3 Questions: Choreographer Stephen Petronio
by Linda Shapiro
class=img_thumbleft>Stephen Petronio's most recent work, "BLOOM," is the choreographer's second collaboration with composer Rufus Wainwright. Incorporating the 40-member Minnesota Boychoir and exuding a spirit of peace and hope, it may surprise fans of Petronio's fierce, fast, and often sexually charged dances. His New York company is known for executing death-defying movement with formal rigor, likened by one critic to "a torrent smacking against the concrete walls of a twisty canal." Prior to this Walker Art Center performance, Petronio explained to City Pages the appeal of Wainwright, Igor Stravinsky, and dancers who dare.
City Pages: Why did you choose to collaborate with Rufus Wainwright?
Stephen Petronio: Because he has the voice of an angel and the wit of a devil. The first time I heard his voice I could tell in the first three bars that it needed to have dance choreographed to it. It's operatic, theatrical, and moving.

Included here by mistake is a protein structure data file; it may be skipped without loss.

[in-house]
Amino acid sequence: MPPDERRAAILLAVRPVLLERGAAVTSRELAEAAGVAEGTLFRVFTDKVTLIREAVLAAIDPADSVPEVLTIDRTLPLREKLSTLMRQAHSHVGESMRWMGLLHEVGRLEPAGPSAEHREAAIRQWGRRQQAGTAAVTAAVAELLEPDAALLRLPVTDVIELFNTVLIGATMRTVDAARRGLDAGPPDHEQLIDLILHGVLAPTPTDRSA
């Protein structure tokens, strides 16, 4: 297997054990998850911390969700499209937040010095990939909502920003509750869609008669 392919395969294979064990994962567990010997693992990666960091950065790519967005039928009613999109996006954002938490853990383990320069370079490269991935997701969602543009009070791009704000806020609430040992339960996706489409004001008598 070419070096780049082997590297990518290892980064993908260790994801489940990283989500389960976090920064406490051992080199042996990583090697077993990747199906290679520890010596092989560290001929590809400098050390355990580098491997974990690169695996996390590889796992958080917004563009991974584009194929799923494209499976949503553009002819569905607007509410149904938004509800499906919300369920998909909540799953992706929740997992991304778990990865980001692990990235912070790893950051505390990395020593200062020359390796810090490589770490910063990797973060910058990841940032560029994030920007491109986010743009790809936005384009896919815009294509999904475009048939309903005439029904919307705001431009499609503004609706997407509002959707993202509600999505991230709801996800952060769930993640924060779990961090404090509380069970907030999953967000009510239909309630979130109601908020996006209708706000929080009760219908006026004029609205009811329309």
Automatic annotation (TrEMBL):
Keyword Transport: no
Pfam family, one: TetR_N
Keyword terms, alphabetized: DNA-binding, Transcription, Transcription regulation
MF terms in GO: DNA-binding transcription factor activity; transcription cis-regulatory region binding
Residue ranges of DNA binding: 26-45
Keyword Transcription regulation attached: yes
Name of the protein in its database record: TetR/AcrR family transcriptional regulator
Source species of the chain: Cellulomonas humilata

CP: Your work "The Rite Part" follows in the footsteps of countless choreographers who have created dances to Stravinsky's "The Rite of Spring." Why did you take it on?
SP: "The Rite of Spring" is a 20th-century monolith. It marks the beginning of Modernism in performance. Every choreographer of note takes it on as a challenge to measure themselves against. Stravinsky bangs the piano like a drum. I find that all very appealing.
CP: What do you look for in your dancers?
SP: I look for dancers who have such good technique that it is invisible. People who are not afraid to make fools of themselves, have a good sense of humor, and who are willing to go anywhere that I take them artistically.
The Stephen Petronio Company performs "BLOOM," "Bud Suite," and "The Rite Part" at the McGuire Theater in the Walker Art Center. $25. 8:00 p.m. 1750 Hennepin Ave., Minneapolis; 612.375.7600. Tonight through Saturday.
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